BTM: I’d like to talk a little bit about your creative process. What inspires you to create a story? Are events that happen around you the catalyst, or do you just pull al
l these wicked scenarios out of your head? HA! HA! HA! Do you wake up in the morning filled with inspiration, or is it a disciplined process, one you have to ease into?

BELASCO: Unfortunately, I don’t really have a creative process. The weirdest things will inspire me. I have stories in my head that I’ve still not done yet. Other times, I can be driving somewhere and get a burst of inspiration and go home and fully draw an idea that comes out of nowhere. It’s different almost every time. Also, since I do have a day job, I’m not able to always act on ideas I get at the moment I get them. I wish I were more disciplined but my major goal in life was to never feel like I had a ‘job’. I try not to make my Belasco art a ‘job’. It takes the fun out of it for me.

BTM: Boo is one of your most popular characters, and has such a distinctive look and feel to him. There is no mistaking him! How did you create his character? Did you take a while to evolve the character’s look and feel or did he sort of just happen one day as you were drawing?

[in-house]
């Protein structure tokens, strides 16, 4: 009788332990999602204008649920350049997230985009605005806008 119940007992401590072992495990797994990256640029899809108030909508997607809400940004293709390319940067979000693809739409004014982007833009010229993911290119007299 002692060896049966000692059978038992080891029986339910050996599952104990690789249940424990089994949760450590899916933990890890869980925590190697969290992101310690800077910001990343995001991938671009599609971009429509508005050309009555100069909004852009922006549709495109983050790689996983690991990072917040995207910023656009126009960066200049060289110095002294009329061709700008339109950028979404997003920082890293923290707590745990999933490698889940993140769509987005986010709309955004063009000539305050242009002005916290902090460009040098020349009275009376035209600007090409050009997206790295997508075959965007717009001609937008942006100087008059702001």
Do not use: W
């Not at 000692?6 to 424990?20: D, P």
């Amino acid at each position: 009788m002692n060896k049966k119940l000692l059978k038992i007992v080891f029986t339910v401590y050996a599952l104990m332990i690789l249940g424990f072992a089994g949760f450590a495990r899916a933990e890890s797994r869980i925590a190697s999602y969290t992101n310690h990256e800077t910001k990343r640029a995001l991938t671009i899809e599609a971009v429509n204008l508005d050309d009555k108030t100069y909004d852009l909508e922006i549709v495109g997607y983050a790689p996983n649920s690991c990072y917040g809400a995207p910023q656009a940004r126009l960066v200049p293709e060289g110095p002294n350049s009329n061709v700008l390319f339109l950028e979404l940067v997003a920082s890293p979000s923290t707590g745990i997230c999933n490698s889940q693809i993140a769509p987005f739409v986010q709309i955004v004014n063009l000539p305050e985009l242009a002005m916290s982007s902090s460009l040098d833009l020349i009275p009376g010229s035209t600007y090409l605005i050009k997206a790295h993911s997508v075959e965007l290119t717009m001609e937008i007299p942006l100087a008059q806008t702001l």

BELASCO: Well I’ll give the Cliff notes version. I was approached in 1996 at my first Tom of Finland Erotic Art Fair by the publisher of GBM magazine (long since defunct) and asked to come up with an original character for their first issue. I had about 3 months and of course, at the end of that time I still hadn’t come up with anything. It was New Year’s Day and I went out to a strip show at the local club here. One of the dancers was called “Daddy” and had a phenomenal body and I was sitting at a table in the dark drawing him on the back of some business cards I had. I like to doodle in the most inappropriate places! Anyway, I was really inspired by his body, and his attitude was really appealing but the visual wasn’t complete. Then out of the corner of my eye, I saw this slight, cute guy walking past the stage with his baseball cap pulled down almost to the brim of his nose and something clicked and I drew his head on top of the body of the stripper I had been drawing and Boo was born!